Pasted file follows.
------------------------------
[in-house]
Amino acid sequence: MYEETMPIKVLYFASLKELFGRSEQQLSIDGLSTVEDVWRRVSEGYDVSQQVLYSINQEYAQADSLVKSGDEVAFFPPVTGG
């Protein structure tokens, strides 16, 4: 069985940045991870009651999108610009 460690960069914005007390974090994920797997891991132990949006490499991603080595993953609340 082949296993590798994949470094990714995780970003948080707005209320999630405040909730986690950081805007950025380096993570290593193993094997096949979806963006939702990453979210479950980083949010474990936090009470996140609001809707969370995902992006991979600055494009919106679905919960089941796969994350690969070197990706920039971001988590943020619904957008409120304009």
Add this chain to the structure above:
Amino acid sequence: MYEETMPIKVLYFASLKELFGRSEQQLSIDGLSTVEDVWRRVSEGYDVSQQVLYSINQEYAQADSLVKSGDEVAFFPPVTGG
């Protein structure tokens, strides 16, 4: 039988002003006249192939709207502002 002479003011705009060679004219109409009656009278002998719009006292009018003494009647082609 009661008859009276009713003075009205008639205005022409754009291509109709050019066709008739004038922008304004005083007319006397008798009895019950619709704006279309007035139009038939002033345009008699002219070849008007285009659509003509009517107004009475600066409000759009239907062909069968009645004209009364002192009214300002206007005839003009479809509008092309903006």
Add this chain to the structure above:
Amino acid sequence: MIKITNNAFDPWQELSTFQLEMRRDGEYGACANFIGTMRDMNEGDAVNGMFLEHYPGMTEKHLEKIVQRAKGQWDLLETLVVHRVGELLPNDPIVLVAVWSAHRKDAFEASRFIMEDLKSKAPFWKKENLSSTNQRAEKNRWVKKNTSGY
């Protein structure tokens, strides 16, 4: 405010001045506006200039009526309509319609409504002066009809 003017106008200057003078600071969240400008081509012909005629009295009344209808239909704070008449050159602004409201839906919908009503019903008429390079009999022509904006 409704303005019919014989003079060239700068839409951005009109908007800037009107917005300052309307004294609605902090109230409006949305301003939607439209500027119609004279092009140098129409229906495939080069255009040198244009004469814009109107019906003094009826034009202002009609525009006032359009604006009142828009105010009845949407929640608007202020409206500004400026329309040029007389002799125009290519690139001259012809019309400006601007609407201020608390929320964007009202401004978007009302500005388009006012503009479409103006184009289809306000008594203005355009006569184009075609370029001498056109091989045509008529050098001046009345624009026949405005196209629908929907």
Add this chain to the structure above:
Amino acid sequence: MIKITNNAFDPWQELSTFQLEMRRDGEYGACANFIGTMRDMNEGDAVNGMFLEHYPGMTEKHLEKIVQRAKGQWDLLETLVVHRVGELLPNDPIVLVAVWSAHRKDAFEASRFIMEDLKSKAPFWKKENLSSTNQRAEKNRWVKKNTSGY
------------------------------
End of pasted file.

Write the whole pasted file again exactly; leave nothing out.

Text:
[in-house]
Amino acid sequence: MYEETMPIKVLYFASLKELFGRSEQQLSIDGLSTVEDVWRRVSEGYDVSQQVLYSINQEYAQADSLVKSGDEVAFFPPVTGG
């Protein structure tokens, strides 16, 4: 069985940045991870009651999108610009 460690960069914005007390974090994920797997891991132990949006490499991603080595993953609340 082949296993590798994949470094990714995780970003948080707005209320999630405040909730986690950081805007950025380096993570290593193993094997096949979806963006939702990453979210479950980083949010474990936090009470996140609001809707969370995902992006991979600055494009919106679905919960089941796969994350690969070197990706920039971001988590943020619904957008409120304009």
Add this chain to the structure above:
Amino acid sequence: MYEETMPIKVLYFASLKELFGRSEQQLSIDGLSTVEDVWRRVSEGYDVSQQVLYSINQEYAQADSLVKSGDEVAFFPPVTGG
């Protein structure tokens, strides 16, 4: 039988002003006249192939709207502002 002479003011705009060679004219109409009656009278002998719009006292009018003494009647082609 009661008859009276009713003075009205008639205005022409754009291509109709050019066709008739004038922008304004005083007319006397008798009895019950619709704006279309007035139009038939002033345009008699002219070849008007285009659509003509009517107004009475600066409000759009239907062909069968009645004209009364002192009214300002206007005839003009479809509008092309903006």
Add this chain to the structure above:
Amino acid sequence: MIKITNNAFDPWQELSTFQLEMRRDGEYGACANFIGTMRDMNEGDAVNGMFLEHYPGMTEKHLEKIVQRAKGQWDLLETLVVHRVGELLPNDPIVLVAVWSAHRKDAFEASRFIMEDLKSKAPFWKKENLSSTNQRAEKNRWVKKNTSGY
């Protein structure tokens, strides 16, 4: 405010001045506006200039009526309509319609409504002066009809 003017106008200057003078600071969240400008081509012909005629009295009344209808239909704070008449050159602004409201839906919908009503019903008429390079009999022509904006 409704303005019919014989003079060239700068839409951005009109908007800037009107917005300052309307004294609605902090109230409006949305301003939607439209500027119609004279092009140098129409229906495939080069255009040198244009004469814009109107019906003094009826034009202002009609525009006032359009604006009142828009105010009845949407929640608007202020409206500004400026329309040029007389002799125009290519690139001259012809019309400006601007609407201020608390929320964007009202401004978007009302500005388009006012503009479409103006184009289809306000008594203005355009006569184009075609370029001498056109091989045509008529050098001046009345624009026949405005196209629908929907």
Add this chain to the structure above:
Amino acid sequence: MIKITNNAFDPWQELSTFQLEMRRDGEYGACANFIGTMRDMNEGDAVNGMFLEHYPGMTEKHLEKIVQRAKGQWDLLETLVVHRVGELLPNDPIVLVAVWSAHRKDAFEASRFIMEDLKSKAPFWKKENLSSTNQRAEKNRWVKKNTSGY